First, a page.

Moreover, considering the current trends in education, a modern English classroom would not be complete without computers, software, Internet connections, projectors and a variety of high-tech devices. In this context, teachers as the most important agents of education should be able to use information and communication technologies actively during teaching-learning process. Therefore, given the teachers’ significant role in this process, success of educational change is dependent on the teachers’ empowerment in pre-service and in-services courses (Ekizoglu & Ozcinar, 2010).

CALL has also been the focus of interest among many researchers. Despite the ever-increasing number of studies regarding CALL itself, little research has been done to gain a clear understanding of EFL teachers’ characteristics and their relationship with CALL use. Therefore, more research inquiries in this respect seem to be of vital importance in order to facilitate the effective teaching and learning in CALL environment. However, there is no doubt that the use of CALL in classrooms remains a challenge for most teachers. Therefore, assisting teachers to successfully use CALL tools in their teaching is a matter of great importance. In doing so, computer-related constructs such as computer literacy, computer anxiety, and computer attitude should be explored, because these constructs are considered as essential contributors to technology adaptation process (Agyei & Voogt, 2011). Moreover, research on teachers’ use of technology in language classes shows that while ICT infrastructures have developed rapidly across the countries all over the world; teachers still avoid using technological tools in the process of teaching and learning. It is evident that this avoidance is related to many factors including teachers and students’ characteristics. This study is a comprehensive review of the studies done on two aspects of teachers’ characteristics that have crucial roles in their technology acceptance and role: personal characteristics and technology-related variables.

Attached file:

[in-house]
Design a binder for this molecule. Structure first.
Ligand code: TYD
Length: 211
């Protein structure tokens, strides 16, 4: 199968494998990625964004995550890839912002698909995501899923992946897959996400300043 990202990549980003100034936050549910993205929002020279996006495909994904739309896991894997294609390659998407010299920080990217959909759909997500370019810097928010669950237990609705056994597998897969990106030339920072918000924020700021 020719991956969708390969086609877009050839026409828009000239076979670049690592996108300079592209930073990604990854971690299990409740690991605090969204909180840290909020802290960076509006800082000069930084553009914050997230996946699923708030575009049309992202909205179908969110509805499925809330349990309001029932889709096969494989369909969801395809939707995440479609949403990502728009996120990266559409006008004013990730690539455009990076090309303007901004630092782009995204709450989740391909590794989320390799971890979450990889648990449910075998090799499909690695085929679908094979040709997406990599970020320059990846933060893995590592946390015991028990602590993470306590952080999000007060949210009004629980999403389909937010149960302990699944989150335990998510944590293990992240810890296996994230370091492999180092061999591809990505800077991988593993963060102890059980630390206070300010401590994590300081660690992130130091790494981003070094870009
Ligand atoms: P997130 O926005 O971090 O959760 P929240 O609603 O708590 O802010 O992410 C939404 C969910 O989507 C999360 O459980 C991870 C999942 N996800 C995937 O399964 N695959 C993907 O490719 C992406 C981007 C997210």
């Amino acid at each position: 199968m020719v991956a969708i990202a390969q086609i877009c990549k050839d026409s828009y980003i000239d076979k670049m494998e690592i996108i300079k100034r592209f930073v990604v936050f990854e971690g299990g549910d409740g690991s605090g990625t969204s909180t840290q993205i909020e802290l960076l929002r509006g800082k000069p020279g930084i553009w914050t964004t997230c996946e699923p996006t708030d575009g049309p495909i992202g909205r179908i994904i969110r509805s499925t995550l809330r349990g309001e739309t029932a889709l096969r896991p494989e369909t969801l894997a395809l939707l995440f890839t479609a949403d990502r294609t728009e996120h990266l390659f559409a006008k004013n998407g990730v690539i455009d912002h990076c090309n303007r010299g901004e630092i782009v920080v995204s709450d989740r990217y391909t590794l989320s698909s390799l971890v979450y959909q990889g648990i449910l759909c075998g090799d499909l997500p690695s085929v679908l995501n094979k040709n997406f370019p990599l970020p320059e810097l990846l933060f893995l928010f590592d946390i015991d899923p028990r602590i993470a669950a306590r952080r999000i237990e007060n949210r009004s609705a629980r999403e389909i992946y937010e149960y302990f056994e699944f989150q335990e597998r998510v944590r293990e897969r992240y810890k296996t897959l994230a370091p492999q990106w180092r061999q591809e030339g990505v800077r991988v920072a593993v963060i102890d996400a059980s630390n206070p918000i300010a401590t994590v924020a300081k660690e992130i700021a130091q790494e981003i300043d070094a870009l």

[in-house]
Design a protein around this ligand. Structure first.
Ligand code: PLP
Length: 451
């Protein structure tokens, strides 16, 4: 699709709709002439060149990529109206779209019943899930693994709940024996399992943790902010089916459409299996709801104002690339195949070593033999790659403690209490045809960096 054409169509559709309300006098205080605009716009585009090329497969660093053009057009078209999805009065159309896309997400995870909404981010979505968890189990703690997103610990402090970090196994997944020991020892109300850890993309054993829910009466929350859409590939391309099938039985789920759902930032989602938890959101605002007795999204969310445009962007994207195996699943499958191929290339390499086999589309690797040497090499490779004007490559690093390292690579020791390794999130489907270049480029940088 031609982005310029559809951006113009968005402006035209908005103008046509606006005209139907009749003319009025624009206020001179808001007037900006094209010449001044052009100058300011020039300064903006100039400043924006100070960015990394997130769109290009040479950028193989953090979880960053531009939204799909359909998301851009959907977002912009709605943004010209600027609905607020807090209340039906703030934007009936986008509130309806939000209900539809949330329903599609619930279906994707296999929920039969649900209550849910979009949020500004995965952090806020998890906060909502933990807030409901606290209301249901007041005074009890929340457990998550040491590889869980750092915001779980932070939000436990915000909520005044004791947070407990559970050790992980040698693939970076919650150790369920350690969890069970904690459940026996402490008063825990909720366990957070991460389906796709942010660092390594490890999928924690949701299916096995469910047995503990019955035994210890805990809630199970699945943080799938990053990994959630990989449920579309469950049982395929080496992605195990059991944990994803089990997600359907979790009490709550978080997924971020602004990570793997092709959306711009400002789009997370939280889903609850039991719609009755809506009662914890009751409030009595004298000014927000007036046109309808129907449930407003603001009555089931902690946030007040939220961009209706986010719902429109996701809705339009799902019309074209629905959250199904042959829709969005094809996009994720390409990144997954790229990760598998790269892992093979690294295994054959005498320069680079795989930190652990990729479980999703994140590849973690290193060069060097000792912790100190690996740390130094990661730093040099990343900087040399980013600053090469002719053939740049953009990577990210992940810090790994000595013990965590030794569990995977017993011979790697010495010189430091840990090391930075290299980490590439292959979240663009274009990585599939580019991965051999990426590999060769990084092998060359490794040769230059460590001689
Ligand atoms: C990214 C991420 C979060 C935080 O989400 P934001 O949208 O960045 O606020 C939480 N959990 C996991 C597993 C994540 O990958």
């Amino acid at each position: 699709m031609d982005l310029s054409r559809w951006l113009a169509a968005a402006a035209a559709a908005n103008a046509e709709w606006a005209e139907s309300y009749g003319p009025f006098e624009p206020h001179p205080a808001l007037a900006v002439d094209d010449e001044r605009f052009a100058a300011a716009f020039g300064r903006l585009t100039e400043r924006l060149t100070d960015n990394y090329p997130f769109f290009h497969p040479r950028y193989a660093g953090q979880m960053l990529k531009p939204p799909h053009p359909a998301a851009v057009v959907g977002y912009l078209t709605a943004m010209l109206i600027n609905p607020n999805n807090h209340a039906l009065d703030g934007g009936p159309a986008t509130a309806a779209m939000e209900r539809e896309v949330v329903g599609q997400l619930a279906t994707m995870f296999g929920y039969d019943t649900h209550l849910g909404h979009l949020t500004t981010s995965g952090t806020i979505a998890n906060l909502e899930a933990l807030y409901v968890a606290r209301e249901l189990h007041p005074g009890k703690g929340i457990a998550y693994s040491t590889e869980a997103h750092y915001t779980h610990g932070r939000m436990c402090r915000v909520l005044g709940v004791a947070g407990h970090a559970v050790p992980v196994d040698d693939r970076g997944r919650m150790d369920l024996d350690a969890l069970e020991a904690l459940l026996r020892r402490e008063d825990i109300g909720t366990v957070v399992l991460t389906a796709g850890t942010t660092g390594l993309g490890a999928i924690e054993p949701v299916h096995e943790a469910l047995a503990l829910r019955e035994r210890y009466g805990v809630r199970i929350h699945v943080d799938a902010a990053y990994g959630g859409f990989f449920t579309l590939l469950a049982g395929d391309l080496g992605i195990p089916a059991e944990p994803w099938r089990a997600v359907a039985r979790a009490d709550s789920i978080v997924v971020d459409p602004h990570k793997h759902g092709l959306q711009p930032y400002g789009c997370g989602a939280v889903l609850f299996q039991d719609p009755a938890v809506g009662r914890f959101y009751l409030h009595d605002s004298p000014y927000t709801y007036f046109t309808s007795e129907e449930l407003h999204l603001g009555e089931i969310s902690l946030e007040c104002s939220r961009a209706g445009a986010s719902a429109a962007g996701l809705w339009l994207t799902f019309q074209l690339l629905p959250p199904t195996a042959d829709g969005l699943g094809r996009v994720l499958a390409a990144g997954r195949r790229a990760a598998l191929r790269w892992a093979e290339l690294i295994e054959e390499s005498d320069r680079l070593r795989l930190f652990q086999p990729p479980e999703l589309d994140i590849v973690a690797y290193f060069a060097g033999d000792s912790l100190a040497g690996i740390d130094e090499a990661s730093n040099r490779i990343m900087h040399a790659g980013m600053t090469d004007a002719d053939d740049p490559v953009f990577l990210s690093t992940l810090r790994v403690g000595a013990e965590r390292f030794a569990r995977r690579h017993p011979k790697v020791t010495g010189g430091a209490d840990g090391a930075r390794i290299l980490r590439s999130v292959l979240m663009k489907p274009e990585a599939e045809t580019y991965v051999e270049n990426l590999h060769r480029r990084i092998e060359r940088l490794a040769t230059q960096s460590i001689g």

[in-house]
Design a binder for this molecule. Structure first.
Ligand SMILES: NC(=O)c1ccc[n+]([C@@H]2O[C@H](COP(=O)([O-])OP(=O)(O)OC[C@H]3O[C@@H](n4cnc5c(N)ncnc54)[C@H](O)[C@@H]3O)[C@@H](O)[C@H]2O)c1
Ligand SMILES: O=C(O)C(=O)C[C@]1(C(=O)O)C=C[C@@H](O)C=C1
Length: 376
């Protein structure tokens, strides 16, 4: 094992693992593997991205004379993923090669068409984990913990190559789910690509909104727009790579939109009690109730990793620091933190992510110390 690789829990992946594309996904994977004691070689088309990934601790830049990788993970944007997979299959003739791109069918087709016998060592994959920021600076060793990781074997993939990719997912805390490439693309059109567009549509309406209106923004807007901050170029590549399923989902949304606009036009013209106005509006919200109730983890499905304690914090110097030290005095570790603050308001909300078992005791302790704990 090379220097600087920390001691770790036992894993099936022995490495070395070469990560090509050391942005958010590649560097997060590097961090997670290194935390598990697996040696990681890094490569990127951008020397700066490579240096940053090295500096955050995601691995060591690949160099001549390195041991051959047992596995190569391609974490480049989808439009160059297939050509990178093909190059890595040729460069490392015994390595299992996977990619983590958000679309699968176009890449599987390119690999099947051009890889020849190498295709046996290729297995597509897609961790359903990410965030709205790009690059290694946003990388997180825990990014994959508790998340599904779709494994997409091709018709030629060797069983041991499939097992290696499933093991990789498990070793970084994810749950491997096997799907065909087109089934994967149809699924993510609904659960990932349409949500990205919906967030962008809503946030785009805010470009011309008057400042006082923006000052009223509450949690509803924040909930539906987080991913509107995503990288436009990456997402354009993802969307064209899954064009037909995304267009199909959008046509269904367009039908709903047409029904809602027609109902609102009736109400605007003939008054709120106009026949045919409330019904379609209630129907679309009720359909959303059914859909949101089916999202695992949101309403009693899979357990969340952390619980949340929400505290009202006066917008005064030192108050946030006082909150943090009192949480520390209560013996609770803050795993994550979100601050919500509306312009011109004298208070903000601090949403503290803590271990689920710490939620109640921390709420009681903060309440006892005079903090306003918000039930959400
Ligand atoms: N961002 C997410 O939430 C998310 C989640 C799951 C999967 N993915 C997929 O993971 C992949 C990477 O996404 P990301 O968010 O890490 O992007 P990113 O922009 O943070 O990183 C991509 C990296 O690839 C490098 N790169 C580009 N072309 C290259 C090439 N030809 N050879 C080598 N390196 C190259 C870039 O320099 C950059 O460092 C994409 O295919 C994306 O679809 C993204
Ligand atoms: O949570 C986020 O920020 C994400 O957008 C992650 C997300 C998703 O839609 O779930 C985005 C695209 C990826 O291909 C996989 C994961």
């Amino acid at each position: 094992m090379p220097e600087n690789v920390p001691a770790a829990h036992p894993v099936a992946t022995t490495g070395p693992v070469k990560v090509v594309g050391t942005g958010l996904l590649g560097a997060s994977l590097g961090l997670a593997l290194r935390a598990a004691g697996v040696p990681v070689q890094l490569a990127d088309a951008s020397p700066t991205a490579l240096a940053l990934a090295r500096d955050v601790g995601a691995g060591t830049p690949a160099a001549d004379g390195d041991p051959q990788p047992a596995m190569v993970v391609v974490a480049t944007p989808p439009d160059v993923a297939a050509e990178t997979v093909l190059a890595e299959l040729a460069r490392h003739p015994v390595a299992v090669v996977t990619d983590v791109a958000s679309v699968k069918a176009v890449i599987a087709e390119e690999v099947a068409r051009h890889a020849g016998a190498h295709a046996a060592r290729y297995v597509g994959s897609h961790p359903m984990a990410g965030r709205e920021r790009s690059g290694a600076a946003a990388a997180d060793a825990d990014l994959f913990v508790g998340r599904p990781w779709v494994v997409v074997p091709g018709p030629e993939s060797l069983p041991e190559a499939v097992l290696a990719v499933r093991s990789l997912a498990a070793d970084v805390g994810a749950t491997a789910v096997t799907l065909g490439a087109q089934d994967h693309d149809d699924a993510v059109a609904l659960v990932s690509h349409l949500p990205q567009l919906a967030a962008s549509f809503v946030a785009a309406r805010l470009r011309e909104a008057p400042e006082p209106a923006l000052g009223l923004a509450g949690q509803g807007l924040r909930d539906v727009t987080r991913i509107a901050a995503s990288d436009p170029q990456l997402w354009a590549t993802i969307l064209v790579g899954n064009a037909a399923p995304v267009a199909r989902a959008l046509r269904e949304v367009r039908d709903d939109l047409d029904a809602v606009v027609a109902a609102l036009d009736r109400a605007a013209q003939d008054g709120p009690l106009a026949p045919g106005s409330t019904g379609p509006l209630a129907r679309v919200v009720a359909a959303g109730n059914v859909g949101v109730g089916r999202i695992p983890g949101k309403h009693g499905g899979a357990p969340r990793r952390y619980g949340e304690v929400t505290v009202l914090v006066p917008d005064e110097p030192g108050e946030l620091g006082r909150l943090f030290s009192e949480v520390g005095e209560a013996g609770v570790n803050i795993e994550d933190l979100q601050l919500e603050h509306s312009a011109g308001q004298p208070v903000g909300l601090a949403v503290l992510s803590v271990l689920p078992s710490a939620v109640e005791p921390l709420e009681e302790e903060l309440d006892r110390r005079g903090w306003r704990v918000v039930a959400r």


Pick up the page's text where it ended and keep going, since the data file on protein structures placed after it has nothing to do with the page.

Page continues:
Key Terms in this Chapter

Computer Literacy: It is the understanding of computer characteristics capabilities and applications, as well as an ability to implement this knowledge in a skillful, productive use of ICT application.